Rolls of Honour: Eccleshill, Park & St Luke’s; Ploegsteert Memorial
Regiment: Northumberland Fusiliers
Arnold Pitts was born on the 7th of June 1899 and baptised at , ParkLuke’s Church, Eccleshill on the 19th July 1899, the youngest of five children of John and Alice, nee Sagar.Arnold enlisted on the 12th of July 1917 in the 1st/6th Battalion of the Northumberland Fusiliers as Private 60180. His Regiment was involved in the Battles of Lys from the 9th of April to the 29th of April 1918 and fought in the Battle of Estaires 9th to 11th April, the Battle of Messines 10th to 11th April and the Battle of Hazebrouck 12th to 15th April 1918. Arnold went missing on the first
day of this battle and it would be 18 months before he was presumed dead. The following is taken from the St Luke’s Church Magazine of October 1919.The Aftermath of War. We had all hoped that no more names need be added to the list of the lads of Eccleshill who had given their lives in the war. But alas! It was not so and our sympathy is with the family of Arnold Pitts of 35 Charnwood Road, who, after having been reported “missing” for seventeen months, is now reported “killed”. What the strain of waiting for news during those long months must
have been, only those who have endured it can know. Their sorrow is upon them now and they have our sympathy in it but could even the certainty of their loss (and his gain) be worse than the previous “hoping against hope?” From what we are told of Arnold the parish is the loser in that he has been called to the higher service.”Arnold was 19 years of age and he is remembered on the Ploegsteert Memorial which commemorates more than 11,000 servicemen who died in this sector during the First World War and have no known grave.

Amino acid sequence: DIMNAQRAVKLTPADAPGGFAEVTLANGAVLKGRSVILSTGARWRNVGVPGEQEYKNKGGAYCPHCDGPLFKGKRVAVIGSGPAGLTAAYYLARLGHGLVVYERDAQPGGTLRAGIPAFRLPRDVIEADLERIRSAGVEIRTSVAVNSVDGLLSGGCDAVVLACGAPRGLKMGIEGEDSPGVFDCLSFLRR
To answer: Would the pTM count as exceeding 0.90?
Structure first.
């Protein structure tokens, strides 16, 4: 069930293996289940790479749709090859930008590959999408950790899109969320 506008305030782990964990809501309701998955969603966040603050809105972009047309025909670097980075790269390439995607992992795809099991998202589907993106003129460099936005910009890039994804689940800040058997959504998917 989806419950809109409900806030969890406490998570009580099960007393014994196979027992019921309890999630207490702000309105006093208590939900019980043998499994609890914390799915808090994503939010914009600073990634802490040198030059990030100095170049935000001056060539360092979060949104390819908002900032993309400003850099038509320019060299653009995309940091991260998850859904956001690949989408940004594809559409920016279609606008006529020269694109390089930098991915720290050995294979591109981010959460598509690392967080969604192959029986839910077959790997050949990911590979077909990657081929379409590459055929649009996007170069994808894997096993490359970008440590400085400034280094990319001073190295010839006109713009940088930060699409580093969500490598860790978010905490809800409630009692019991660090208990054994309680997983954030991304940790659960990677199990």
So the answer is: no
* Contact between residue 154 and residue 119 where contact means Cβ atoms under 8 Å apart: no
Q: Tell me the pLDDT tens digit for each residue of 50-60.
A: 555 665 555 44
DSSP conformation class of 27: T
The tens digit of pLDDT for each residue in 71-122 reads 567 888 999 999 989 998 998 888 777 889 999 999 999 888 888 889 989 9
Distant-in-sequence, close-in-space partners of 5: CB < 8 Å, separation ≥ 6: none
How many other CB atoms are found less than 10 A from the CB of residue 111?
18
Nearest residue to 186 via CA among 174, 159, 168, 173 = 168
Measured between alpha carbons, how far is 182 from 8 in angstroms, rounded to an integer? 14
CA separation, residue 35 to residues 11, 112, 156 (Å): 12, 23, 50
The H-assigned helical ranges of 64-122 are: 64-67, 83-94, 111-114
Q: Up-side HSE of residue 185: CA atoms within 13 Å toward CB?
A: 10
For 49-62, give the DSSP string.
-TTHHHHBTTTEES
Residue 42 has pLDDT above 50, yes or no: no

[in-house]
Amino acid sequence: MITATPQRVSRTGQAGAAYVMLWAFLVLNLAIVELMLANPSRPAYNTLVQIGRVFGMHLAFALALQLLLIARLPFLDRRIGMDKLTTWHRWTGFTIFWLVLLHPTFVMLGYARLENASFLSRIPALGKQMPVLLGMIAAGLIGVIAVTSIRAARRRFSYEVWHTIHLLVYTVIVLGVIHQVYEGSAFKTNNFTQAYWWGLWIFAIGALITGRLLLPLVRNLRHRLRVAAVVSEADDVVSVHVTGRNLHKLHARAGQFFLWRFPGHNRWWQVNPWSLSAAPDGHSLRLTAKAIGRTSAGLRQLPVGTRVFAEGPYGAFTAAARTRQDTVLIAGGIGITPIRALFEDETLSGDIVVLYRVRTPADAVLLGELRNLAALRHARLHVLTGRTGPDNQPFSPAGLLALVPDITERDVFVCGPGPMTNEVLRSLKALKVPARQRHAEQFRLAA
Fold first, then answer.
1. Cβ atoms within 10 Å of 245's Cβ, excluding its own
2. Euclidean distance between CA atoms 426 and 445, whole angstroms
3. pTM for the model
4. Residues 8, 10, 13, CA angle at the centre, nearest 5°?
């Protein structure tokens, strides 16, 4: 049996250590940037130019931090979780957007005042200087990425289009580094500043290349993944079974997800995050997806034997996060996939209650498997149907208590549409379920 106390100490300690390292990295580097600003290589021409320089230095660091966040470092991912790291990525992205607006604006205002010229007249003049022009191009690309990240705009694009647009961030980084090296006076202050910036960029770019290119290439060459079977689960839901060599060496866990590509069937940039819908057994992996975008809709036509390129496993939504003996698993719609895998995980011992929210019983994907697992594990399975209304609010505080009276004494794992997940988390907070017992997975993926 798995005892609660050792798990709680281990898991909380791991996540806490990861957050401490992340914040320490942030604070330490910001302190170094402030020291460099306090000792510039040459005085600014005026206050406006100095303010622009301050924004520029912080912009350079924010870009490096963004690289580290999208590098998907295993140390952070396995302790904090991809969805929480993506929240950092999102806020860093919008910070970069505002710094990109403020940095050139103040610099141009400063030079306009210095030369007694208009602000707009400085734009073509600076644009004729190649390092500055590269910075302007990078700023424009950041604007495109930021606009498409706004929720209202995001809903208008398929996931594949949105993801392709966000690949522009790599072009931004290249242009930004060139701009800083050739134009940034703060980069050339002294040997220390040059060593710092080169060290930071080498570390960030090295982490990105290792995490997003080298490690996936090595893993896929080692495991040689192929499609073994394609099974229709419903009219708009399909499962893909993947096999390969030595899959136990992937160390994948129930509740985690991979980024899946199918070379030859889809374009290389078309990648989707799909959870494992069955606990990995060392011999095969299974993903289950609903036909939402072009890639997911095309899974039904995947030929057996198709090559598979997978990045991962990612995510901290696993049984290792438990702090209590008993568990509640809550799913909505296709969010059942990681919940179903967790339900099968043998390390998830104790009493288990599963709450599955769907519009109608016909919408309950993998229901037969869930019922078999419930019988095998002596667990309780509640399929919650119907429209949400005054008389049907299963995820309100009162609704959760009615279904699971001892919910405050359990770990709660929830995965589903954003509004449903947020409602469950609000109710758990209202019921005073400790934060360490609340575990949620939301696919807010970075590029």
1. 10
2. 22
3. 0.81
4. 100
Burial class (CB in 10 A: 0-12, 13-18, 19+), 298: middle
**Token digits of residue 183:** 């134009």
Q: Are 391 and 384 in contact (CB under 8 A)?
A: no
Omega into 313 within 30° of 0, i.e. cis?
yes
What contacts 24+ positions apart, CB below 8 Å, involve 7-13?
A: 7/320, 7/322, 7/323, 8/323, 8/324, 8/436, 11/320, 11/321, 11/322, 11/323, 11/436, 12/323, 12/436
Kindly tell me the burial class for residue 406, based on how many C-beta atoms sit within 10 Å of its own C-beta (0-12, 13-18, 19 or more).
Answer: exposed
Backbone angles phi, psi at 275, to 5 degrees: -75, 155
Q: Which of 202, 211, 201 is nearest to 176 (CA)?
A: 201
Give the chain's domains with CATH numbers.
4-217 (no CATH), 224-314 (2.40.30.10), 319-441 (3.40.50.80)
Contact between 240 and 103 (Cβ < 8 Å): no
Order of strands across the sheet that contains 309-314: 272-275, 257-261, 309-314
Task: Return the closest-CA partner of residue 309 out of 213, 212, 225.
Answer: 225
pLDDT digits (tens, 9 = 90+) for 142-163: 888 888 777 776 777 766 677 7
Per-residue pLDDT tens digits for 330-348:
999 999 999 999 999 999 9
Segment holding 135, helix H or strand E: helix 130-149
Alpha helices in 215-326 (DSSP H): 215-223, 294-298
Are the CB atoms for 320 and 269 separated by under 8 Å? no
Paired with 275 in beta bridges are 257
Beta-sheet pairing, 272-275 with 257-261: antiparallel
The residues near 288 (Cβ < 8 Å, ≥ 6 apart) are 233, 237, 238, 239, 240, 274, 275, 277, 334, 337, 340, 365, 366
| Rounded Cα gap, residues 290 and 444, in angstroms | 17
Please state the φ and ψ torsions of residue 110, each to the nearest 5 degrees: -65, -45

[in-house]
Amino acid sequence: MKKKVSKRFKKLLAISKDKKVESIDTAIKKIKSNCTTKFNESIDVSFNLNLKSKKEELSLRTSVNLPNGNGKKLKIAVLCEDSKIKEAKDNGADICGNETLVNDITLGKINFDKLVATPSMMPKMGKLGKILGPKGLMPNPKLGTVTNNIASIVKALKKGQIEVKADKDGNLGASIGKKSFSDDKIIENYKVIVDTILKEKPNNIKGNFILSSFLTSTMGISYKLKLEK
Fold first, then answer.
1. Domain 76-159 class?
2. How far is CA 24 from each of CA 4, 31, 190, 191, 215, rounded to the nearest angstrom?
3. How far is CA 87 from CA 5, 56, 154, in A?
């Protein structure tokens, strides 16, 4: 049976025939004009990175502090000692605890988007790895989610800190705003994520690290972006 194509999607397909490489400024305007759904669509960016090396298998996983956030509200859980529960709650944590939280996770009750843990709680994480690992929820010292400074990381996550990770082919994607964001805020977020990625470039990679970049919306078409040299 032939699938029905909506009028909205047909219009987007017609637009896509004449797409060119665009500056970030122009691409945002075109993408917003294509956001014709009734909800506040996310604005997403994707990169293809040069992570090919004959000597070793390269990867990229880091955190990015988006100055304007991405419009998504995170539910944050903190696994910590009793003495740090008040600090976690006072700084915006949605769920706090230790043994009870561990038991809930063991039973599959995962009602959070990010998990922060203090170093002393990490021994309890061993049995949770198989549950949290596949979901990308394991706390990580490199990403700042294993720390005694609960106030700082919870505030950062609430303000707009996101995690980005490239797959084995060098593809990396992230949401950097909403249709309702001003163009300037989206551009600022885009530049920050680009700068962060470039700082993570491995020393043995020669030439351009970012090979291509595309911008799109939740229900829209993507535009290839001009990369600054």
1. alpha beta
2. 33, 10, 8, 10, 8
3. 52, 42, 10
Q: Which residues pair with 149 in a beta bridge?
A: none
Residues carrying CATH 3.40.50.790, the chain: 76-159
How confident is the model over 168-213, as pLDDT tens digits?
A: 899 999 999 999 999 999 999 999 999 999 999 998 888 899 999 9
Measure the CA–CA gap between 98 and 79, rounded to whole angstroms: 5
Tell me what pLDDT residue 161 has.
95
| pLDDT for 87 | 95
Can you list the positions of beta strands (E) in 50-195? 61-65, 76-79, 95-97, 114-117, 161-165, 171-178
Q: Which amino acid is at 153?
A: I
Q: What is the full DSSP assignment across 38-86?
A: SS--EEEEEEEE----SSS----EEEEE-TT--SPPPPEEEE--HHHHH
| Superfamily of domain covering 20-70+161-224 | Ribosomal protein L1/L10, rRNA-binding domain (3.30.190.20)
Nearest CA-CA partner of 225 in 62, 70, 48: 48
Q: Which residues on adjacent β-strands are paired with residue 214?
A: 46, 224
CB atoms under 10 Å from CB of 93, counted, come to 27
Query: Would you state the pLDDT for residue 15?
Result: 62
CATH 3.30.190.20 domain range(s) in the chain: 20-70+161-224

The memorial serves the area from the line Caestre-Dranoutre-Warneton to the north, to Haverskerque-Estaires-Fournes to the south. Most of those commemorated by the memorial did not die in major offensives. Most were killed in the course of the day-to-day trench warfare which characterised this part of the line, or in small scale set engagements, usually carried out in support of the major attacks taking place elsewhere. Arnold left his effects to his father John who received £7.6.1d on the 28th November 1919 which included a War Gratuity of £5.0.0d.
. Researched and written by Jean Britteon, to whom many thanks